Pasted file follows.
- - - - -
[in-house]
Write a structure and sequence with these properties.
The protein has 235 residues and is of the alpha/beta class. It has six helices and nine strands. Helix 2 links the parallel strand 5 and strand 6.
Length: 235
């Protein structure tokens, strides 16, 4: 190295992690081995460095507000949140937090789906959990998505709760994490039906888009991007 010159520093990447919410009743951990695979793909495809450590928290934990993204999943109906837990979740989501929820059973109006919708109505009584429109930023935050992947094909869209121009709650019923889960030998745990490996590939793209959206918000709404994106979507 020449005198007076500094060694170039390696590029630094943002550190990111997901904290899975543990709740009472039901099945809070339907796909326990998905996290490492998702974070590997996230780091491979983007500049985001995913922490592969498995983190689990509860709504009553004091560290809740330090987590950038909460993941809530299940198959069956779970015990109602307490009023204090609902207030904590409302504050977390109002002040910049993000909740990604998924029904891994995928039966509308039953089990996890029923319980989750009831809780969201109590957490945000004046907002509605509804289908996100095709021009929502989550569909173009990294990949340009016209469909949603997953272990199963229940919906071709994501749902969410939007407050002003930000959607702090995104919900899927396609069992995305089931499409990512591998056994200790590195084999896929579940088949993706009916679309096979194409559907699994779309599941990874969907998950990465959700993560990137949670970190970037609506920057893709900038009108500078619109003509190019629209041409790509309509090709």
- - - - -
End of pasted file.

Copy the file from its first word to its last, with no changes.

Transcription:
[in-house]
Write a structure and sequence with these properties.
The protein has 235 residues and is of the alpha/beta class. It has six helices and nine strands. Helix 2 links the parallel strand 5 and strand 6.
Length: 235
């Protein structure tokens, strides 16, 4: 190295992690081995460095507000949140937090789906959990998505709760994490039906888009991007 010159520093990447919410009743951990695979793909495809450590928290934990993204999943109906837990979740989501929820059973109006919708109505009584429109930023935050992947094909869209121009709650019923889960030998745990490996590939793209959206918000709404994106979507 020449005198007076500094060694170039390696590029630094943002550190990111997901904290899975543990709740009472039901099945809070339907796909326990998905996290490492998702974070590997996230780091491979983007500049985001995913922490592969498995983190689990509860709504009553004091560290809740330090987590950038909460993941809530299940198959069956779970015990109602307490009023204090609902207030904590409302504050977390109002002040910049993000909740990604998924029904891994995928039966509308039953089990996890029923319980989750009831809780969201109590957490945000004046907002509605509804289908996100095709021009929502989550569909173009990294990949340009016209469909949603997953272990199963229940919906071709994501749902969410939007407050002003930000959607702090995104919900899927396609069992995305089931499409990512591998056994200790590195084999896929579940088949993706009916679309096979194409559907699994779309599941990874969907998950990465959700993560990137949670970190970037609506920057893709900038009108500078619109003509190019629209041409790509309509090709």